Mimi Petrakis, Centre for Medieval & Renaissance Studies, Monash University

Lives of Saints and Landscapes: Strategic Uses of the Natural World in 12th-Century German Hagiography 
Hannah Ellen Skipworth, Centre for Medieval & Renaissance Studies, Monash University

The Political Use of a Provençal Saint’s Body: Commemorating the Violence Done to Douceline of Digne, 1215-1274 
Jennifer Lord, Centre for Medieval & Renaissance Studies, Monash University

Session 1047: Reputation, Emotion, and Remembering Death and Illness

Session Time: 4 July – 09.00-10.30

Chair: John Henderson, Department of History, Classics & Archaeology, Birkbeck, University of London; School of Philosophy, History & International Studies, Monash University

Abstract: Serious illness and sudden or violent death were familiar aspects of medieval life, but how did people choose to remember such experiences? Linked to the Body in the City Project, the session draws on a variety of different sources from across the Middle Ages recording illness and death, including medical treatises, Coroners’ Rolls, and forms of religious commemoration. The papers explore how the messy experiences of illness and death, and the complex emotions of those involved, could be interpreted and turned into more formal accounts of events, suitable for permanent record.

Recording a Place of Emotions and Violence: Mapping the Coronial Deaths of Medieval Oxfordshire 
Annie Blachly, Centre for Medieval & Renaissance Studies, Monash University

The Insania and Piety of Herimann of Nevers: Remembering a Mentally Ill Carolingian Bishop 
Rachel Stone, Department of History, King’s College London

Medical Memory of Sense and Emotion by Baverio de’Bonetti (d.1480): A Physician of Bologna 
Gordon Whyte, Centre for Medieval & Renaissance Studies, Monash University

Session 1650: The Body Performed and Disciplined: Dominican Preaching On Penance in the City

Session Time: 5 July – 11.15-12.45

Chair: Holly Johnson, Department of English, Mississippi State University

Abstract: The Order of Preachers primarily preached within urban communities. As part of their foundation they were tasked with implementing the sacrament of penance through preaching and performing the methods of attaining salvation. As part of this, they used a variety of techniques within their sermons, including mnemonics in a literary and metaphorical sense, and material and visual media, to invoke fervour that would persuade the congregation to incorporate devotional practice that would lead them to salvation. Linked to the Body in the City Project, this session explores the different ways that the sacrament of penance was preached by Dominican friars from the 13th to 15th centuries.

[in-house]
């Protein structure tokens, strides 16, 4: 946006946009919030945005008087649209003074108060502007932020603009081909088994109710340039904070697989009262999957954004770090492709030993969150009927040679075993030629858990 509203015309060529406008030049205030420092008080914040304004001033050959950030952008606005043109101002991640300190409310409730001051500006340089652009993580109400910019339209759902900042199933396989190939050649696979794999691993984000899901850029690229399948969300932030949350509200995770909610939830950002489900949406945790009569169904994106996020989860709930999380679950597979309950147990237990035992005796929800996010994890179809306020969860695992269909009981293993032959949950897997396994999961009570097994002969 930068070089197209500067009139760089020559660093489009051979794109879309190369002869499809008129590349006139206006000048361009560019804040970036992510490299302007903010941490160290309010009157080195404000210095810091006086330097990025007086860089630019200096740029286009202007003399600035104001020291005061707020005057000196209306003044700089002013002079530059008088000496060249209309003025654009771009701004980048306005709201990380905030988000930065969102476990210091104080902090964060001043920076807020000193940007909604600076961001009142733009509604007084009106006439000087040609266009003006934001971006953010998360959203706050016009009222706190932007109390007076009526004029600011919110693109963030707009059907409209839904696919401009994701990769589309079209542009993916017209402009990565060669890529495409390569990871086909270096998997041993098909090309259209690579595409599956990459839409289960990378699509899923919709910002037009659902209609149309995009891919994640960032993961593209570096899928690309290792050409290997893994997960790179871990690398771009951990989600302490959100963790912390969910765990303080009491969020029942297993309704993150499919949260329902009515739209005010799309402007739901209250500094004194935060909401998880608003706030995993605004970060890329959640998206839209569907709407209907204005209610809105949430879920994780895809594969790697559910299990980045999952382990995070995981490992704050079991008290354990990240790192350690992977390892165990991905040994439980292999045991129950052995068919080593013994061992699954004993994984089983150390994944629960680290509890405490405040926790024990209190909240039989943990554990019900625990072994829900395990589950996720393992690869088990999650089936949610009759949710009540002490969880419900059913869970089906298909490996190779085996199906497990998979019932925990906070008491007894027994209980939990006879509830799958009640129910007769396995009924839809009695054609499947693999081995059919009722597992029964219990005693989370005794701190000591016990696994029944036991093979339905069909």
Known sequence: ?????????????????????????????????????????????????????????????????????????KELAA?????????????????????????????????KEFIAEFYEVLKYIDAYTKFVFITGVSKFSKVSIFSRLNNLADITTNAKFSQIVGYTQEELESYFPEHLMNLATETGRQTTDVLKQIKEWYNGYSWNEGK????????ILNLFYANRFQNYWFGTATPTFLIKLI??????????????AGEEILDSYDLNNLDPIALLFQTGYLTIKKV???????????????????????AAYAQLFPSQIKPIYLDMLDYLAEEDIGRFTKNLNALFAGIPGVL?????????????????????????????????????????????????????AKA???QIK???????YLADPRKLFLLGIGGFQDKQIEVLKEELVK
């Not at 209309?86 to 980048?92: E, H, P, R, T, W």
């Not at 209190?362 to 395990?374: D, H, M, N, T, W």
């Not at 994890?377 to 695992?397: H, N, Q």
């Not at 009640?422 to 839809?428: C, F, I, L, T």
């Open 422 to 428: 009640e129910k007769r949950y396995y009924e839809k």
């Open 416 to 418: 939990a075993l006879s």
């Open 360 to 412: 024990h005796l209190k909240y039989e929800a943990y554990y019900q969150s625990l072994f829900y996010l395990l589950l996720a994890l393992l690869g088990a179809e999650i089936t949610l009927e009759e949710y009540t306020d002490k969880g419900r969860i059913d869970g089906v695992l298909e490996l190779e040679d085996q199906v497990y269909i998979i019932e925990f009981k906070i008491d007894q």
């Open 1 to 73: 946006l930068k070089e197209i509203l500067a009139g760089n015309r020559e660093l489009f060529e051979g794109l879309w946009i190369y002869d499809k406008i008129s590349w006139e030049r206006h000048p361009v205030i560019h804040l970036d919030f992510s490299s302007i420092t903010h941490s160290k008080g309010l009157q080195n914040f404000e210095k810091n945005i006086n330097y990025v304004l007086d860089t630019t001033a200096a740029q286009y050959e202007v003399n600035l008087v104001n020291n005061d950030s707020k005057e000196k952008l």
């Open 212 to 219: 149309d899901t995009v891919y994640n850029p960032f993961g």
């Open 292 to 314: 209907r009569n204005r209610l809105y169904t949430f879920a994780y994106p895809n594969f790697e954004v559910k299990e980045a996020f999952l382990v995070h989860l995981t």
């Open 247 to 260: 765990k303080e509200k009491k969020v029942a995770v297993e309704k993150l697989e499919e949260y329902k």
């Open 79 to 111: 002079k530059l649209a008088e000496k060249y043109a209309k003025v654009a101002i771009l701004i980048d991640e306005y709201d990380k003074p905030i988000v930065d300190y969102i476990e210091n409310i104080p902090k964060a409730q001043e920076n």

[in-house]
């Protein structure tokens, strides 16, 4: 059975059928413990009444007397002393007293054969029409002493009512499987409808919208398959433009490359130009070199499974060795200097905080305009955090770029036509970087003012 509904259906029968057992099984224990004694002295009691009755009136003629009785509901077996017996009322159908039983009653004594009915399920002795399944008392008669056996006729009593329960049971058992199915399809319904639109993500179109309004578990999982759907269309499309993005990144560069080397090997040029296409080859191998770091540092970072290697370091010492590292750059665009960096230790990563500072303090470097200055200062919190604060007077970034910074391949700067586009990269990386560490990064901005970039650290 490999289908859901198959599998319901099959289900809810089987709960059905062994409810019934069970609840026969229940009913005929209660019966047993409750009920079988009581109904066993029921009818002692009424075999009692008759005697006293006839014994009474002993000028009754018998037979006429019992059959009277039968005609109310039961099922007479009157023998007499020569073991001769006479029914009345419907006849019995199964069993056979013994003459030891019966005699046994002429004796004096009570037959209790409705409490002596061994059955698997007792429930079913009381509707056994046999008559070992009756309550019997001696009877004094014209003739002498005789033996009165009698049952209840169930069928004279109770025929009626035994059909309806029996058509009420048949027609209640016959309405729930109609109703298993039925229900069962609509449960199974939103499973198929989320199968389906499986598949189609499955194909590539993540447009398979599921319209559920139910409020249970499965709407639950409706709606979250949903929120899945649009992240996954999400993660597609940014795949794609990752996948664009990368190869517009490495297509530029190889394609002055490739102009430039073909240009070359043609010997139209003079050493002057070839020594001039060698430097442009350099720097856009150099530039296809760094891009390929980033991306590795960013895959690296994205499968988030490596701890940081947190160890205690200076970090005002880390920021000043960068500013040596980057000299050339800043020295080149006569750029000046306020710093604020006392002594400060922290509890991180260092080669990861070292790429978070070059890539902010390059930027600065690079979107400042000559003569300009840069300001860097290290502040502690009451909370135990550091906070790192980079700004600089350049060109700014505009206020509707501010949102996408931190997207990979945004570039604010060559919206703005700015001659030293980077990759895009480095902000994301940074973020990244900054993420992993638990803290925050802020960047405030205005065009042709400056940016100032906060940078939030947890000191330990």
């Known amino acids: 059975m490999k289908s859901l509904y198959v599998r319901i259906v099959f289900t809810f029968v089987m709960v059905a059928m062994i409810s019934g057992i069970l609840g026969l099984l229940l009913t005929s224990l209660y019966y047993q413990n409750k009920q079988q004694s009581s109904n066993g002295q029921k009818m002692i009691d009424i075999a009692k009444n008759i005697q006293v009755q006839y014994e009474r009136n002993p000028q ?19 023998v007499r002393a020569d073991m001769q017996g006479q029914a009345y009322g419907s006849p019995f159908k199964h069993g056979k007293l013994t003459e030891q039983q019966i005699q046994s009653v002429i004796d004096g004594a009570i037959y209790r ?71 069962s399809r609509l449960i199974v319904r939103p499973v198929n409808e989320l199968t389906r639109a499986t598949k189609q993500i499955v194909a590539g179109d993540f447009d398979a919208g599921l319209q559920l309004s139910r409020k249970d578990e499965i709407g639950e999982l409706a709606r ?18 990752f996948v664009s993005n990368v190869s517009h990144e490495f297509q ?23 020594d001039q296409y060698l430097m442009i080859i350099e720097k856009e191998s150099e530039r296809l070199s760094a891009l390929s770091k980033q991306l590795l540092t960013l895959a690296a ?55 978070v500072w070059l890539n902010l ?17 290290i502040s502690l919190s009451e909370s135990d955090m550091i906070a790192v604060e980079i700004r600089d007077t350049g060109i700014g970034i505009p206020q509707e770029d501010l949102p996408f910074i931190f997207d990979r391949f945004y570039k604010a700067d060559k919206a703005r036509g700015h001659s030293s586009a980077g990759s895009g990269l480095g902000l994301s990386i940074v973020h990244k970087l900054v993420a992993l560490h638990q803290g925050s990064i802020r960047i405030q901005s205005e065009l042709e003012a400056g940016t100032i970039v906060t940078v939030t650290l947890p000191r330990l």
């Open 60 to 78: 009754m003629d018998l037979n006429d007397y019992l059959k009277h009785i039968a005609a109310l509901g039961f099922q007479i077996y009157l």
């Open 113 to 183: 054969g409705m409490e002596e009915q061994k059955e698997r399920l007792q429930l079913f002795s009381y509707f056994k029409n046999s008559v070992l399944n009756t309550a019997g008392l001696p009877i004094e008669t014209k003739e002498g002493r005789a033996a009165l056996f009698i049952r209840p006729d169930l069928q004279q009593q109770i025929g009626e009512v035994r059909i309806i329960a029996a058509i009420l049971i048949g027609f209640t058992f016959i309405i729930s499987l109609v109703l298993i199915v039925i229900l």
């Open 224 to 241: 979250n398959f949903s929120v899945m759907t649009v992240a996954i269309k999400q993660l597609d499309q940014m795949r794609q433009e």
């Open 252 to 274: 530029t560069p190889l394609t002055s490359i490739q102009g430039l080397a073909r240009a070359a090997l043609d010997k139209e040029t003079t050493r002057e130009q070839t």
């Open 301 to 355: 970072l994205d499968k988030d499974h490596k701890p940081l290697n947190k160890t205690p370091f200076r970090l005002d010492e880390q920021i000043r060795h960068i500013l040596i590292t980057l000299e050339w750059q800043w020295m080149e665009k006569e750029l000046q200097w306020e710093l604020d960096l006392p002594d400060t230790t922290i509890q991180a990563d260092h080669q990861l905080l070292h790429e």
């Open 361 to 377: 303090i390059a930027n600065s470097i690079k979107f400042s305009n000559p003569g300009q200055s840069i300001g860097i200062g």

The Preacher’s Narrative Body: Teaching Confession through Performance to the Community 
Anne Holloway, Centre for Medieval & Renaissance Studies, Monash University

Whipping the Masses: The Discourse on Flagellation in de Bertis’s Public Sermons 
Stephanie Jury, Centre for Medieval & Renaissance Studies, Monash University

Convertimini: Preaching and Penance in Renaissance Florence 
Peter Howard, Centre for Medieval & Renaissance Studies, Monash University

Session 1737: The Meaning of Memories and Identities in Renaissance Florence

Session Time: 5 July – 14.15-15.45

Chair: John Henderson, Department of History, Classics & Archaeology, Birkbeck, University of London; School of Philosophy, History & International Studies, Monash University

Abstract: Linked to the Body in the City Project, this session examines the motivations for recording the past in Renaissance Florence during the 15th and 16th centuries. The focus is on exploring the ‘why of memory’, the mentalities and motivations that drive individuals and groups to record their past, in forms of remembering such as vernacular chronicles, diaries, and papal records. The three papers will analyse case studies of papal, mercantile, and female monastic communities, together offering a more nuanced understanding of the interactions between past and present in the formation of identity, beliefs, and narratives.

‘I am very much indebted to this city’: The Papal Residencies and Florentine Memory in Leonardo Bruni’s Memoirs
Luke Bancroft, Centre for Medieval & Renaissance Studies, Monash University

Remembering Nuns: Miraculous Visions and the Narration of Spiritual Identity in Post-Tridentine Italy 
Rosa Martorana, Centre for Medieval & Renaissance Studies, Monash UniversitY

The Prudence of Memory: Remembering the Past in 15th-Century Florence
Matthew Topp, Centre for Medieval & Renaissance Studies, Monash University